Oregonian May 28, 2014
Beyond the tow lift
Skiing has always been Fred Noble’s biggest love. He was hooked as a teenager at Franklin High School in the 1950s, when he started on one of two rope tows at Summit Ski Area in Government Camp. He remembers toiling on the beginner tow, envious of those riding the other tow and considering them “pros.” That just made him want to become a pro.
A stint in the U.S. Army followed high school, then he began a working career servicing transmission lines and other high towers. Work was mostly seasonal, which left him time to ski.
Within a few years, he was launching off cliffs in three of Warren Miller’s annual ski movies. He became and remains the North American sales agent for Canadian Mountain Holidays, the world’s leading helicopter ski operation with backcountry ski terrain in British Columbia larger than Switzerland.
Eric Sanford, a Hood River photographer, remembers how he met Noble.
“I won some silly award for ski photography that was presented at the 1980 Warren Miller movie,” Sanford said. “Fred was the movie’s MC for many of those years, and we became friends.
“Fred was always on the lookout for doing something new or different. He should be dead a half-dozen times, just from the things we did together in Aruba, Chile and Brazil.”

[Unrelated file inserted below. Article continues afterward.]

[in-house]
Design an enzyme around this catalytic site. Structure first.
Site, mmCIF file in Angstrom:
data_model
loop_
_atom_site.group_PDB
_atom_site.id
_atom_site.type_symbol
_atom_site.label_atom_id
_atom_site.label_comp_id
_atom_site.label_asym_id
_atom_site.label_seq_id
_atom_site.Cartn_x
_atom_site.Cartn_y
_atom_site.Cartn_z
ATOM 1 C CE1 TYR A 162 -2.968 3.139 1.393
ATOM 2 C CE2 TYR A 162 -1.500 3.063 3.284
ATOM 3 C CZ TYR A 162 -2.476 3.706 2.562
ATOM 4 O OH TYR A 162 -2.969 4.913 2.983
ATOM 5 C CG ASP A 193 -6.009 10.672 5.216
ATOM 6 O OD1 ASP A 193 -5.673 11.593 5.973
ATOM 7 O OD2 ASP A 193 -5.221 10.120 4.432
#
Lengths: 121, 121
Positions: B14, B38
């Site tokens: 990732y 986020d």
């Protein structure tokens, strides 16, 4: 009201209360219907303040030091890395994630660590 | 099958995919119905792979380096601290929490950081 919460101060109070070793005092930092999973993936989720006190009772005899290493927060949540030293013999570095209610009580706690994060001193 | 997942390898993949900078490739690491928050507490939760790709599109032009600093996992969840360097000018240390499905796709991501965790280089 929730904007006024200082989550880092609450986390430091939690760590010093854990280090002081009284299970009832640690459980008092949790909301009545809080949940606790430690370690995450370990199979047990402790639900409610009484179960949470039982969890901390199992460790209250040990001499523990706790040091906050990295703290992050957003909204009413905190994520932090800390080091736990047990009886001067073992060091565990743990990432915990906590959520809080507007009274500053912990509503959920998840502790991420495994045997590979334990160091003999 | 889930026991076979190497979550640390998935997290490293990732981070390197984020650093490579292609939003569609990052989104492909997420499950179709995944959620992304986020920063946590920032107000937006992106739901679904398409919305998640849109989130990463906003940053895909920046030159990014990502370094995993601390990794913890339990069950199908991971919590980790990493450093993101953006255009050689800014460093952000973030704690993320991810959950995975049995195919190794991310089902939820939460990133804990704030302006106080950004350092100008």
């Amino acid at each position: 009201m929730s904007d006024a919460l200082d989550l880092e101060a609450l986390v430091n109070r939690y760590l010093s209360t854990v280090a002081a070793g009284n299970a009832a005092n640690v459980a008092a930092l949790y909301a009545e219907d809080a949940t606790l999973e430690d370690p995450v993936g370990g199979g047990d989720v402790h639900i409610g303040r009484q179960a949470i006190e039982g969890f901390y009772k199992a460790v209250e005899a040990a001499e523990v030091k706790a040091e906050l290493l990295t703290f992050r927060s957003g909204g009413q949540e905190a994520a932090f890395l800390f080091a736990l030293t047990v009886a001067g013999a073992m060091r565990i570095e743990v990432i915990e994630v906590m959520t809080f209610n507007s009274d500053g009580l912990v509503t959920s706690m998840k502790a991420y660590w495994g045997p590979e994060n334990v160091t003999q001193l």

Fred vs. the ski patrol
Noble has been married three times, but his constant drive wore out relationships. His daughter, Julie, and her husband, Gary Bakkala, of Salem, are helping him to the end.
Recently, they joined him for a day of skiing at Mt. Hood Meadows, where Noble used a device called a sit ski. It allows those who can’t control their legs to glide down a run in a chair mounted to twin skis, using outriggers attached to the arms to maintain balance.
It was a far cry from the way Noble used to ski at Mt. Hood Meadows, a resort Noble skied on opening day in 1968.
“Our ski patrol is much better because of Fred,” said Dave Tragethon, Meadows spokesman. “We’ve had to adapt our training and techniques specifically to keep up with his antics.”
Noble used to poach closed parts of the ski area, before the Shooting Star and Heather Canyon lifts were built.
He remembers skiing out in the woods once and hearing a voice from the chairlift: “Noble, I’m coming after you.”
To avoid losing his season’s pass, Noble outskied the head of the patrol, dashed into the lodge, ordered a pitcher of beer and took off his boots. That gave him plausible deniability of being in the woods, once the patrol chief caught up.